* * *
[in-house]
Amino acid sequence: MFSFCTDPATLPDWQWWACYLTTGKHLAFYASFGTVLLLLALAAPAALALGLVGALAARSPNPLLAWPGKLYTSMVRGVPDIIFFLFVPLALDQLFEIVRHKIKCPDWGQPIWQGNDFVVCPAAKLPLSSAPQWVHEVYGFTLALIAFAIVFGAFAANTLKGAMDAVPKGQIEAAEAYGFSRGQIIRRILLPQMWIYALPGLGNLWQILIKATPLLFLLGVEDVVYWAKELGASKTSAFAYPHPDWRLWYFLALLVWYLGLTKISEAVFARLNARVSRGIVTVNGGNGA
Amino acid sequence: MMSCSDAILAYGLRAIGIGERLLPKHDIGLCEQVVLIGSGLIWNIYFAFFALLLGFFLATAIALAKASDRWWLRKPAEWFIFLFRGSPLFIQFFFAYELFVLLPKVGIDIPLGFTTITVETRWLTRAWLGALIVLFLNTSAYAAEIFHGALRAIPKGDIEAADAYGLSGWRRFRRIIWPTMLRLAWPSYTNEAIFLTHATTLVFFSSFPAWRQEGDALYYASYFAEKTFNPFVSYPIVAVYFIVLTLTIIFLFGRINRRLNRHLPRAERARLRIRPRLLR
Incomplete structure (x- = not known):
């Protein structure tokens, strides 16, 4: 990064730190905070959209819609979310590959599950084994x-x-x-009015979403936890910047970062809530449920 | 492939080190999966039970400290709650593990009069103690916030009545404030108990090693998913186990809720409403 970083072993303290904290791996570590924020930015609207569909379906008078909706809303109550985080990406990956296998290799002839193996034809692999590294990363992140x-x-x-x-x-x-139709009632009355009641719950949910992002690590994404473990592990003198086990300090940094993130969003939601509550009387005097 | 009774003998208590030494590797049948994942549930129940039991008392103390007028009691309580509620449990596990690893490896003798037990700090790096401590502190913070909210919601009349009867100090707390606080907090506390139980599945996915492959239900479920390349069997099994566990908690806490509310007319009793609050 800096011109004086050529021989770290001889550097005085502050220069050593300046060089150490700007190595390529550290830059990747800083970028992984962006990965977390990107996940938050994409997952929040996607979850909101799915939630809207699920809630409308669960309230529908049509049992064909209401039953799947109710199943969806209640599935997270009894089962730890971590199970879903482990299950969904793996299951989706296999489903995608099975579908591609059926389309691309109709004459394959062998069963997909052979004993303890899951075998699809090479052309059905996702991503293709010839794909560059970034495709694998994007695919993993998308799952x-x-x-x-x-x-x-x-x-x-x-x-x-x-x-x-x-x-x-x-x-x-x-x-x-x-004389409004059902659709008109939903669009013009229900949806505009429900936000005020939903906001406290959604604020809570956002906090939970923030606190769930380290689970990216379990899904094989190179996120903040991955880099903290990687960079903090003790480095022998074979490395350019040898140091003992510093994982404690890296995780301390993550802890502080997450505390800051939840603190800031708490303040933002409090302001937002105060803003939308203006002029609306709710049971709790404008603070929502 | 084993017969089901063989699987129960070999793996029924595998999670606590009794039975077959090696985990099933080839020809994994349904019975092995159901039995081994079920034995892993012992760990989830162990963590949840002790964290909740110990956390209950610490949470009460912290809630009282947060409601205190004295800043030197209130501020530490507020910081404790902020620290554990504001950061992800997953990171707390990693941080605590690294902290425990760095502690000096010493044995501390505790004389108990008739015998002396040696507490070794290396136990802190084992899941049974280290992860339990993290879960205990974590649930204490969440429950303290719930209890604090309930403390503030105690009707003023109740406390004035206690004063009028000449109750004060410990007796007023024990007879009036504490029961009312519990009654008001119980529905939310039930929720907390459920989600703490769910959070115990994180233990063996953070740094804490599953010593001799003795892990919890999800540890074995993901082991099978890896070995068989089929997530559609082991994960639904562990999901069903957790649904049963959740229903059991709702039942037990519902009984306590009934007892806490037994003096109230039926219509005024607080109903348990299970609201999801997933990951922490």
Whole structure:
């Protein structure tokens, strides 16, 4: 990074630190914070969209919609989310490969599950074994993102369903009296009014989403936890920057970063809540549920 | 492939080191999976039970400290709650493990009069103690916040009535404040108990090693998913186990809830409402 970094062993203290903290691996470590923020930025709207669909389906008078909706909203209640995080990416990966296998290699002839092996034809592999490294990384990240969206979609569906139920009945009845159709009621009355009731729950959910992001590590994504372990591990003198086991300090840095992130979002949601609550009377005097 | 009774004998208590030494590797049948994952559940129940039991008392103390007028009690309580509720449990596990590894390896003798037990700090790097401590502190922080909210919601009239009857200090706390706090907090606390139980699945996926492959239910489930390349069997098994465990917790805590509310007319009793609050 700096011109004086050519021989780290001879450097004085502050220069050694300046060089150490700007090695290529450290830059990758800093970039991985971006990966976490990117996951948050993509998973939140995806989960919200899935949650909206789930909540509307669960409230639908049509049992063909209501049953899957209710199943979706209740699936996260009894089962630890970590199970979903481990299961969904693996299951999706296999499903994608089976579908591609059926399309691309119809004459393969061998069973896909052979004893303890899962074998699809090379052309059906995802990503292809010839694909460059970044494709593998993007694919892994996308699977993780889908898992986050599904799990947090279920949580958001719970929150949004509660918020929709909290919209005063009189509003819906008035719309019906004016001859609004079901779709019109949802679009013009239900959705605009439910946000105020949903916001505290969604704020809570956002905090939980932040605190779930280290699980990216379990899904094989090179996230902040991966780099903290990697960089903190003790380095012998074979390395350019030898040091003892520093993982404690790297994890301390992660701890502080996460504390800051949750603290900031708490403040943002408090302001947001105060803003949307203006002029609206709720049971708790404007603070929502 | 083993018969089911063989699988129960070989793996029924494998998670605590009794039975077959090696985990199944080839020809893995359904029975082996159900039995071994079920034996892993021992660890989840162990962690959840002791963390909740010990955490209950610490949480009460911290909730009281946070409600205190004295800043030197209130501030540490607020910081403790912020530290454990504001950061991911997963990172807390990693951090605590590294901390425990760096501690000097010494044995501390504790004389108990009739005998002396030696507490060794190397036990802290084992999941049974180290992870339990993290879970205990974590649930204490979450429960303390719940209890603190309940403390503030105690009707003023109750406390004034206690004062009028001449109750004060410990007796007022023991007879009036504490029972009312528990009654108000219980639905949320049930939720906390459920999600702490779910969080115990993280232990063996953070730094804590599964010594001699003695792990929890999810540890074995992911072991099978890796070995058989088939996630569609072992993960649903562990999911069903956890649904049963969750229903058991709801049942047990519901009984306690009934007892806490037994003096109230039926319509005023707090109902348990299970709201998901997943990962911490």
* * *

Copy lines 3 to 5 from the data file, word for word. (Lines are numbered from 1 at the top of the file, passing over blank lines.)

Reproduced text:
Amino acid sequence: MMSCSDAILAYGLRAIGIGERLLPKHDIGLCEQVVLIGSGLIWNIYFAFFALLLGFFLATAIALAKASDRWWLRKPAEWFIFLFRGSPLFIQFFFAYELFVLLPKVGIDIPLGFTTITVETRWLTRAWLGALIVLFLNTSAYAAEIFHGALRAIPKGDIEAADAYGLSGWRRFRRIIWPTMLRLAWPSYTNEAIFLTHATTLVFFSSFPAWRQEGDALYYASYFAEKTFNPFVSYPIVAVYFIVLTLTIIFLFGRINRRLNRHLPRAERARLRIRPRLLR
Incomplete structure (x- = not known):
């Protein structure tokens, strides 16, 4: 990064730190905070959209819609979310590959599950084994x-x-x-009015979403936890910047970062809530449920 | 492939080190999966039970400290709650593990009069103690916030009545404030108990090693998913186990809720409403 970083072993303290904290791996570590924020930015609207569909379906008078909706809303109550985080990406990956296998290799002839193996034809692999590294990363992140x-x-x-x-x-x-139709009632009355009641719950949910992002690590994404473990592990003198086990300090940094993130969003939601509550009387005097 | 009774003998208590030494590797049948994942549930129940039991008392103390007028009691309580509620449990596990690893490896003798037990700090790096401590502190913070909210919601009349009867100090707390606080907090506390139980599945996915492959239900479920390349069997099994566990908690806490509310007319009793609050 800096011109004086050529021989770290001889550097005085502050220069050593300046060089150490700007190595390529550290830059990747800083970028992984962006990965977390990107996940938050994409997952929040996607979850909101799915939630809207699920809630409308669960309230529908049509049992064909209401039953799947109710199943969806209640599935997270009894089962730890971590199970879903482990299950969904793996299951989706296999489903995608099975579908591609059926389309691309109709004459394959062998069963997909052979004993303890899951075998699809090479052309059905996702991503293709010839794909560059970034495709694998994007695919993993998308799952x-x-x-x-x-x-x-x-x-x-x-x-x-x-x-x-x-x-x-x-x-x-x-x-x-x-004389409004059902659709008109939903669009013009229900949806505009429900936000005020939903906001406290959604604020809570956002906090939970923030606190769930380290689970990216379990899904094989190179996120903040991955880099903290990687960079903090003790480095022998074979490395350019040898140091003992510093994982404690890296995780301390993550802890502080997450505390800051939840603190800031708490303040933002409090302001937002105060803003939308203006002029609306709710049971709790404008603070929502 | 084993017969089901063989699987129960070999793996029924595998999670606590009794039975077959090696985990099933080839020809994994349904019975092995159901039995081994079920034995892993012992760990989830162990963590949840002790964290909740110990956390209950610490949470009460912290809630009282947060409601205190004295800043030197209130501020530490507020910081404790902020620290554990504001950061992800997953990171707390990693941080605590690294902290425990760095502690000096010493044995501390505790004389108990008739015998002396040696507490070794290396136990802190084992899941049974280290992860339990993290879960205990974590649930204490969440429950303290719930209890604090309930403390503030105690009707003023109740406390004035206690004063009028000449109750004060410990007796007023024990007879009036504490029961009312519990009654008001119980529905939310039930929720907390459920989600703490769910959070115990994180233990063996953070740094804490599953010593001799003795892990919890999800540890074995993901082991099978890896070995068989089929997530559609082991994960639904562990999901069903957790649904049963959740229903059991709702039942037990519902009984306590009934007892806490037994003096109230039926219509005024607080109903348990299970609201999801997933990951922490």